Dodgeball (Back to School), oil on canvas, 16″ x 20″, 2021
Doing Shots, acrylic on board, 16″ x 24″, 2021
Birthday Selfie (Life During Quarantine), oil on canvas, 16″ x 20″, 2020
A Level of Malaise, acrylic on canvas, 24″ x 24″, 2022
Whiskey Girl, acrylic on canvas, 12″ x 24″, 2021
Gender Neutral, oil on canvas, 24″ x 40″, 2019
Spot the Differences, acrylic on canvas, 40″ x 40″, 2021
Trading Places (Disguised), oil on canvas, 14″ x 18″, 2021
Big Fancy Rooster, acrylic on canvas, 24″ x 48″, 2022
I have always been creative, and enjoyed drawing and painting from my earliest memories. I spent much of my childhood alone, using my time to create, and although I was fortunate to have grown up in a small town and to have received throughout grade school and high school special attention and encouragement from my art teachers, mine was a childhood of holding my tongue and trying quietly to do my own thing. It was not until 1989, when I arrived in Washington, D.C., as an 18-year-old college student at George Washington University, at last free to explore, experiment, and be myself, that I finally found my voice. In 2001, I started painting full-time.
I have gone through periods when I focused my paintings primarily on politics and religion but as the world has shifted around me, I have shifted, adding to my body of work paintings about animal rights and vegetarianism and, over the past 24 months, the pandemic. To date, I have created nearly 100 Covid-inspired paintings.
I am no stranger to controversy, though careful research and quiet planning are hallmarks of my art. All of my paintings have stories to tell, opinions to profess — all with the goal of starting a dialogue. I constantly question, as thoughtfully as I can, established norms but sometimes, by taking up controversial themes, I’ve garnered national and international attention.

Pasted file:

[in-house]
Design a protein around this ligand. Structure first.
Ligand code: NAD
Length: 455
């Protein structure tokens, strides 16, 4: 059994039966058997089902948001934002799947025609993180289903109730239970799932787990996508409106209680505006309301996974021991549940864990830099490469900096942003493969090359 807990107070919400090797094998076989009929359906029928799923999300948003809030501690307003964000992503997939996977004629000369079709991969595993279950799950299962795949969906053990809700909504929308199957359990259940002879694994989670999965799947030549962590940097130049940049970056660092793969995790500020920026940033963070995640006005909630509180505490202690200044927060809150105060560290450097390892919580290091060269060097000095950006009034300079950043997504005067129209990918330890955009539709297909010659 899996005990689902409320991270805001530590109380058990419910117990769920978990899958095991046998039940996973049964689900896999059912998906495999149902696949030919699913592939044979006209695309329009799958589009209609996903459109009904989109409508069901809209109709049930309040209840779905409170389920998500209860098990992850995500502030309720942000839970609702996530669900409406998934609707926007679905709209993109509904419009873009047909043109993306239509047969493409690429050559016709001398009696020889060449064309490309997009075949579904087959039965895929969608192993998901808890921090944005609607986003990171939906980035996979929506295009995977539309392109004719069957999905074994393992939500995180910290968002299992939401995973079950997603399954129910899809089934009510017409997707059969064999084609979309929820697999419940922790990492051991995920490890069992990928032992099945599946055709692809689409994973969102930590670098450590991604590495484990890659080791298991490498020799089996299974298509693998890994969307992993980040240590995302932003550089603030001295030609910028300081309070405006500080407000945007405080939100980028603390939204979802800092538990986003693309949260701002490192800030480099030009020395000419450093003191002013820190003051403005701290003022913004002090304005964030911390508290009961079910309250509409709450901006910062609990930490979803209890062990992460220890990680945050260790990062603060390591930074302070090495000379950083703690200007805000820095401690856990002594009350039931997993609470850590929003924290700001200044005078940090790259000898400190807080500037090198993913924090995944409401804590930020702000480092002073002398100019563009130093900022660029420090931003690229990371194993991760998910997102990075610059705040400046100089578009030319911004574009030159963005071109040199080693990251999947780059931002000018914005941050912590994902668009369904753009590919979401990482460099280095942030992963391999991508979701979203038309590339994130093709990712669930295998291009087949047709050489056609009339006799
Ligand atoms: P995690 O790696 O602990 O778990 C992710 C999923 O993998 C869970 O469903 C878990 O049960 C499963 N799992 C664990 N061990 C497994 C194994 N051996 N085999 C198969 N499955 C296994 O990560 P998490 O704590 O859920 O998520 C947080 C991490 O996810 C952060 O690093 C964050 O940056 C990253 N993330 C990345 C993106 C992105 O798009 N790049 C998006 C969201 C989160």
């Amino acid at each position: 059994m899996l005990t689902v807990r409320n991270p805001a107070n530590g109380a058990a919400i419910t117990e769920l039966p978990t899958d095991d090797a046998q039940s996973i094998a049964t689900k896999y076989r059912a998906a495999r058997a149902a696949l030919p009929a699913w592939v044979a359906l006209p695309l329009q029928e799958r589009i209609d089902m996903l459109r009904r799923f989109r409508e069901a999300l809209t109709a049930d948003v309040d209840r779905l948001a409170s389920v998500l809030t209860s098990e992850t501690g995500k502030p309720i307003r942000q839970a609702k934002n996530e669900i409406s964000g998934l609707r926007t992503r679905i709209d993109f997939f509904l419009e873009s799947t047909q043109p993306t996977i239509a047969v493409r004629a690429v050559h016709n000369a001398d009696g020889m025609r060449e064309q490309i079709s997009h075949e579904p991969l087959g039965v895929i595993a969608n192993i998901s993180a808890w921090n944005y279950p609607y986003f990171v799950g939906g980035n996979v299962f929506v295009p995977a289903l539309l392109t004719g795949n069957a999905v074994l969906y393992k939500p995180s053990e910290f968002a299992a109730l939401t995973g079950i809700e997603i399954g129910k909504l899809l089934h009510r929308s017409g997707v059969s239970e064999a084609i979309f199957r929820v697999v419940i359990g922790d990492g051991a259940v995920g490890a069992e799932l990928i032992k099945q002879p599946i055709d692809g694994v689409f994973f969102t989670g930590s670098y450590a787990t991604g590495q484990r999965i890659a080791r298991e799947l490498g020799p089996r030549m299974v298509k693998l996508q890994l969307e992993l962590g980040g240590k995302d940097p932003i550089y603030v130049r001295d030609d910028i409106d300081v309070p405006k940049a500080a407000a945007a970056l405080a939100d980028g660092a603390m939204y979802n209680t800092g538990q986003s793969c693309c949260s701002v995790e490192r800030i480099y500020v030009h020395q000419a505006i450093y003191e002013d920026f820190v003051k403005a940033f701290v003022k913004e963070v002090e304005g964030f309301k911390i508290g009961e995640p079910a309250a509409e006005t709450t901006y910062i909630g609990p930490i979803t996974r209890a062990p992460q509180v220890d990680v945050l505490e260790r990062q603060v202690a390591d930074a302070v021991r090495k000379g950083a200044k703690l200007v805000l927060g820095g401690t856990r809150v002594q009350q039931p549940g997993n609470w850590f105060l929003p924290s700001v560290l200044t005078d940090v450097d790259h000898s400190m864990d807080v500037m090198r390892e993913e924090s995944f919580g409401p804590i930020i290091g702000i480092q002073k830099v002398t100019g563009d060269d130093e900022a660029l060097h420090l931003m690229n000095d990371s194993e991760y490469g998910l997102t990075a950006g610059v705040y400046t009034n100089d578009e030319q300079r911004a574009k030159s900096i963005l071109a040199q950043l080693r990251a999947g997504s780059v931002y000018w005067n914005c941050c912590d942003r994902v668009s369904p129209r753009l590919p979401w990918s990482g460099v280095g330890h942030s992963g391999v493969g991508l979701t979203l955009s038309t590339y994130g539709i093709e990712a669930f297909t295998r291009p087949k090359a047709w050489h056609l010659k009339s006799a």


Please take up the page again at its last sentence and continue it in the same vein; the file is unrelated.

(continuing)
When I first started to explore vegan topics, I was quite aggressive and heavy-handed in my messages. The more I learned about the horrors of the meat and dairy industries, the more urgency I felt in my certainty that everyone knew what I knew. And, perhaps, I hoped to motivate others to make more mindful food choices. I think the raw emotional response I expressed in my earliest vegan paintings hit a nerve with people. Vegans related to it, and applauded it, but non-like-minded people immediately turned away. I realized over time that I needed to soften my imagery and find more approachable and relatable ways to express my messages. I’m much less concerned now with being technically correct, and freedom from restrictive habits has facilitated development of my style, which is somewhere between social realism and expressionism.
I think one can paint only what one knows. I see everything through my personal filter and my personal experiences. I won’t paint something I know nothing about. I even turn down commissions that truly don’t speak to me, because the result would only be a dull and uninspired painting. Reality goes in, gets shaken up in my brain with 50 years of experiences and imaginative thoughts, and comes out on canvas in new and unexpected ways.
Not all my paintings have some great or epic meaning. Some of them are just for fun. But I feel most satisfied and inspired when I immerse myself in a topic and paint something that is going to speak to someone at an intellectual level. There is a place in this world for decorative, feel-good art but that is not the part of the world I live in.
About the Artist
Dana Ellyn, a Washington, D.C., resident, is a full-time painter who lives and paints in her downtown studio. She committed herself to full-time-artist status after she decided to leave a corporate job and pursue painting.
An exhibitor around the globe, Dana Ellyn has had significant museum showings in St. Petersburg, Russia, and Baltimore, Maryland.
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